5. For any person to possess a drug unless such person obtained suck drug on the prescription of a practitioner or in accordance with section 2 (1) (C) of this act or from a person licensed by the laws of any other state or the District of Columbia to prescribe or dispense drugs.

  6. To refuse to make available and to accord full opportunity to check any record, file, stock or inventory as required by section 5 of this Act.

  7. For any person to use to his own advantage, or to reveal other than to a public officer or employee charged with the duty of enforcing law relating to the handling, sale and distribution of drugs, or to a court when relevant in a judicial proceeding, any information acquired under the authority of section 5 of this act concerning any method or process which as a trade secret is entitled to protection.

  8. For any person to obtain or attempt to obtain a drug by fraud, deceit, misrepresentation or subterfuge; or by the forgery or alteration of a prescription; or by the use of a false name or the giving of a false address.

Section 3.-Exemptions

  1. The provisions of paragraphs (1) and (5) of section 2 of this Act shall not be applicable (A) to the delivery of drugs for medical or scientific purposes only to persons included in any of the classes hereinafter named, or to the agents or employees of such persons, for use in the usual course of their business or practice or in the performance of their official duties, as the case may be; or (B) to the possession of drugs by such persons or their agents or employees for such use : ( a) Pharmacists; ( b) practitioners; ( c) persons who procure drugs (i)for disposition by or under the supervision of pharmacists or practitioners employed by them, or (ii) for the purpose of lawful research, teaching, or testing and not for resale; ( d) hospitals and other institutions which procure drugs for lawful administration by or under the supervision of practitioners; ( e) manufacturers and wholesalers; ( f) carriers and warehousemen.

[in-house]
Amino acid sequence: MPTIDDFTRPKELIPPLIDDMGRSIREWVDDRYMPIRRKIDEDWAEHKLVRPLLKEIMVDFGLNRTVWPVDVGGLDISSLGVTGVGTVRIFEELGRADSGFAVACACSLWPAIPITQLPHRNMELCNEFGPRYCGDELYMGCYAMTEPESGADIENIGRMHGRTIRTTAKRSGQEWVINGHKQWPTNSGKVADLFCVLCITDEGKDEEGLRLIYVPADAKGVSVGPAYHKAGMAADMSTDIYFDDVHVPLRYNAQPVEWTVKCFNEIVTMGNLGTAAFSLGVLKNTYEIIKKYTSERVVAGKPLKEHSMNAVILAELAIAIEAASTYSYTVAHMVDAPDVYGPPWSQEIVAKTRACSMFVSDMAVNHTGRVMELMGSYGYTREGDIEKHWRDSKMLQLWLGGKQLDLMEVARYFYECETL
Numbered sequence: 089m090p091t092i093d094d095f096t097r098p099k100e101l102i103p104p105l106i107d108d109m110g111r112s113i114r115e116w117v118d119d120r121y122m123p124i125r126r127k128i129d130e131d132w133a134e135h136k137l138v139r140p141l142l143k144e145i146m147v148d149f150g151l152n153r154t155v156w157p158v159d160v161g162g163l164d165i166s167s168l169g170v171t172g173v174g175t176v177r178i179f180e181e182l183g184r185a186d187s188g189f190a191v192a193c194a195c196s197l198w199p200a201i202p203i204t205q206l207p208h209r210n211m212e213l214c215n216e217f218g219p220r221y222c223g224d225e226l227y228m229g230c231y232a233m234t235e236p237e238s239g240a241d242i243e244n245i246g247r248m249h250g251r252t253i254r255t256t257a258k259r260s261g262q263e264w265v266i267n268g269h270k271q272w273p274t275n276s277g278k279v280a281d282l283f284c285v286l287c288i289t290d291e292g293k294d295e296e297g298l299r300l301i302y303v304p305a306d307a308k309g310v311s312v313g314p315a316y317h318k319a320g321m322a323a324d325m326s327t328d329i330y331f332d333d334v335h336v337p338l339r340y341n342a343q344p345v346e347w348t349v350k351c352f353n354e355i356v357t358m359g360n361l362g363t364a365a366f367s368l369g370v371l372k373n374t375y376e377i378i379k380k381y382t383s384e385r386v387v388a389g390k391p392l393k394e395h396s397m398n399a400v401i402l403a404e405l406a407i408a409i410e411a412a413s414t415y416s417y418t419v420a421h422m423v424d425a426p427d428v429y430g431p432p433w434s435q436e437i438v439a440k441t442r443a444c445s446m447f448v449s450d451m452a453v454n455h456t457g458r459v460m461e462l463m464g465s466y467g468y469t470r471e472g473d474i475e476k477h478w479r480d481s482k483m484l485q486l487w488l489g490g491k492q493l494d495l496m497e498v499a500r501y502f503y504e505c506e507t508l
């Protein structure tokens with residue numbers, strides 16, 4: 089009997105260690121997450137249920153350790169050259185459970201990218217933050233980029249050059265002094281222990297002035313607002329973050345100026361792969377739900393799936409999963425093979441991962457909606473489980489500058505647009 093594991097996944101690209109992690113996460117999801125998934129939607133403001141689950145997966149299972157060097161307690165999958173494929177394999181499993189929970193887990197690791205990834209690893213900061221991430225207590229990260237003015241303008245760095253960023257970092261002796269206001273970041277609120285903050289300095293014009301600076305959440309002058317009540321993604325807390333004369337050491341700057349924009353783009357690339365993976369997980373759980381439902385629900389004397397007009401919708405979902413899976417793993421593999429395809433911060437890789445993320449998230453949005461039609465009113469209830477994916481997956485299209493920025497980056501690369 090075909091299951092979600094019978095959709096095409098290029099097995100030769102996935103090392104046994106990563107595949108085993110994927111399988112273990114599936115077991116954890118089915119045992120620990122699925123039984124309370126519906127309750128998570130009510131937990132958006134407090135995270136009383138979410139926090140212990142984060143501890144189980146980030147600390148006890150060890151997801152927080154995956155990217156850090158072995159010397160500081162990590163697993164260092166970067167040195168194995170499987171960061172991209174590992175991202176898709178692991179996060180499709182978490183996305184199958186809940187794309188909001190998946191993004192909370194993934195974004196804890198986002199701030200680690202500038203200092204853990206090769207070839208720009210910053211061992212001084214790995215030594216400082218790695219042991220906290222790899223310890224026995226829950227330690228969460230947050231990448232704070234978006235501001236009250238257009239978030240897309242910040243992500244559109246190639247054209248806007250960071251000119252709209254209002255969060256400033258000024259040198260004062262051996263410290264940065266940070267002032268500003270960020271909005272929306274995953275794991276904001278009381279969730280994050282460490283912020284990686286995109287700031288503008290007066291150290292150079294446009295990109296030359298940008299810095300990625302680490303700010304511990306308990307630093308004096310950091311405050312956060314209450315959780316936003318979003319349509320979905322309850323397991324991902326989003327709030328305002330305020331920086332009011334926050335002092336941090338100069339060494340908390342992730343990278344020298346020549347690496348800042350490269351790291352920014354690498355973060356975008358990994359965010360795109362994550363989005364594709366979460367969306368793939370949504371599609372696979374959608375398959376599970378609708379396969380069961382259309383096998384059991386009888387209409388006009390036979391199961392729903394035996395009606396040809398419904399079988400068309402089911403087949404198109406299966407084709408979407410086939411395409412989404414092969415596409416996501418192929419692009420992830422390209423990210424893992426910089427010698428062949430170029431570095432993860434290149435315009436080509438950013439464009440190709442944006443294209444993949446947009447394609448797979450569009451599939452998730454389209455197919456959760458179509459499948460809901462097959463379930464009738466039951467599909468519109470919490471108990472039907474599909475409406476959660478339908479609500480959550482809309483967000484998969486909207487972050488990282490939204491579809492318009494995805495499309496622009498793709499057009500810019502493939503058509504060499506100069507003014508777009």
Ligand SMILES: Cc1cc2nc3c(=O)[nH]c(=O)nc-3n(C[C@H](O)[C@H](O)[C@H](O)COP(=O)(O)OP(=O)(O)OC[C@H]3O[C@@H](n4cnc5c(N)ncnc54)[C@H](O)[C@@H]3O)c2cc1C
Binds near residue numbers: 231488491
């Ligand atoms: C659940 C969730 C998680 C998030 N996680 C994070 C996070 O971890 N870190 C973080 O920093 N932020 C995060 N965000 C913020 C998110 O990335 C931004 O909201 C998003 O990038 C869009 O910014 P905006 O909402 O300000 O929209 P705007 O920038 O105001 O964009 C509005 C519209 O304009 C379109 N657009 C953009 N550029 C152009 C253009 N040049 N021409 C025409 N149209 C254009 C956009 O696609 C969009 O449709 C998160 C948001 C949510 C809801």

2. Nothing contained in section 2 of this Act shall make it unlawful for a public officer, agent or employee, or person aiding such public officer in performing his official duties, to possess, obtain, or attempt to obtain a drug for the purpose of enforcing the provisions of any law of this state or of the United States relating to the regulation of the handling, sale or distribution of drugs.

Section 4.-Records

  1. Persons (other than carriers) to whom the exemptions of section 3 of this Act are applicable shall (A) make a complete record of all stocks of drugs on hand on the effective date of this act and (B) maintain detailed, but not necessarily separate, records and inventories relating to drugs manufactured, purchased, sold, distributed and handled and retain all such records and inventories required by this subsection (1) for not less than two calendar years after the date of the transaction shown by such record and inventory